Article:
Thursday, April 30, 2009

Directives for Architects

So what's the role of architects in all of this?

Architects often become the de-facto landscape designers, because the majority of money in any development budget is spent on the buildings. Any landscapes design, much less integrated landscape design, is a often a tired afterthought. To go beyond sustainability, we need to step past this paradigm! The following notes are from a talk I gave at the University of Massachusetts in September 2008

As architects for a resilient & thriving future, here are your tasks:

• OBSERVE - prolonged at thoughtful observation instead of protracted and thoughtless action

• DESIGN the simplest, most functional, and most vital built 'environments' possible.

• INTEGRATE your buildings with the landscape so that they functionally interconnect with as many living systems as possible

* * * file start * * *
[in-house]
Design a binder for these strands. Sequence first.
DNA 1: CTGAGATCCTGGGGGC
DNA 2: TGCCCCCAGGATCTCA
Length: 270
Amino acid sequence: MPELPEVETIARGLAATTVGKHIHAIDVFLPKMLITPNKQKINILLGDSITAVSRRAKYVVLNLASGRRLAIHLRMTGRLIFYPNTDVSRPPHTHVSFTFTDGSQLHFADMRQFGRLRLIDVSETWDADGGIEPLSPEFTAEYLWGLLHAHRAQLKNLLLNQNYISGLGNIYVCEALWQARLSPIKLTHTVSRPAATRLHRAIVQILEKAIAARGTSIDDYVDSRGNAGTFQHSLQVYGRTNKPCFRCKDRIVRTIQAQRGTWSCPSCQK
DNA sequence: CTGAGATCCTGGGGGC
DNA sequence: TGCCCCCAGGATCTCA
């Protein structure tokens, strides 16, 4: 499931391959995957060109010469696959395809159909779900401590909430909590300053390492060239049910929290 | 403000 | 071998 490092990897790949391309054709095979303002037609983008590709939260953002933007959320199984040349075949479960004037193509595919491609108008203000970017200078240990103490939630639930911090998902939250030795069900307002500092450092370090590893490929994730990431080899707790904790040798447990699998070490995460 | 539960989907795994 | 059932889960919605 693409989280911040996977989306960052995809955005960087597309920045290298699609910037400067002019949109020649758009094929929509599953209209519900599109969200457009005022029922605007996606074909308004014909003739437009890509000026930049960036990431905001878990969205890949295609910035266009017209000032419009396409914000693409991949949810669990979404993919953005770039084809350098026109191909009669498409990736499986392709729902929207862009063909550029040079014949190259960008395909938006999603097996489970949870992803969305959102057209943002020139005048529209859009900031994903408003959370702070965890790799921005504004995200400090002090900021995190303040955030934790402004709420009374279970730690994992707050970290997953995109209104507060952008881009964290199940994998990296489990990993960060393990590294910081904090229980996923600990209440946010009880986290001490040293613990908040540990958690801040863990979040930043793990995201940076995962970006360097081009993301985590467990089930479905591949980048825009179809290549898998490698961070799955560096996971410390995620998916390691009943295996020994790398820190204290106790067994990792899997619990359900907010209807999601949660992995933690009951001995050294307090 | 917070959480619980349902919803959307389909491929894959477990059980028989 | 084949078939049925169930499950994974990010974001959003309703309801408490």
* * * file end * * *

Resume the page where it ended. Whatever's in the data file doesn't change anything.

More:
• REGENERATE openly seek out and heal the damage and oppression done to living systems -- both internally and externally.

• LEVERAGE your work to do the greatest good for the greatest number of beings for the longest amount of time by EMPOWERING people to design with you. Spread your energy and knowledge and excitement through the networks as fast as possible.

Ask yourself:
- What is the simplest solution? what's the most functional? and what will serve the interests of all life-giving forces on the planet and meet their needs in the most harmonious way?

Whad'ya all think? Do these directives resonate with any of you architects out there?

Tuesday, April 28, 2009

GEEK! Permaculture Computerizing

I get this question all the time:

"What are the computer programs you use every day? What are the most useful for your work as a permaculture designer?"

So, here we go...

• Omnioutliner Pro - incredible note-taking and organize-everything software. The program I use most.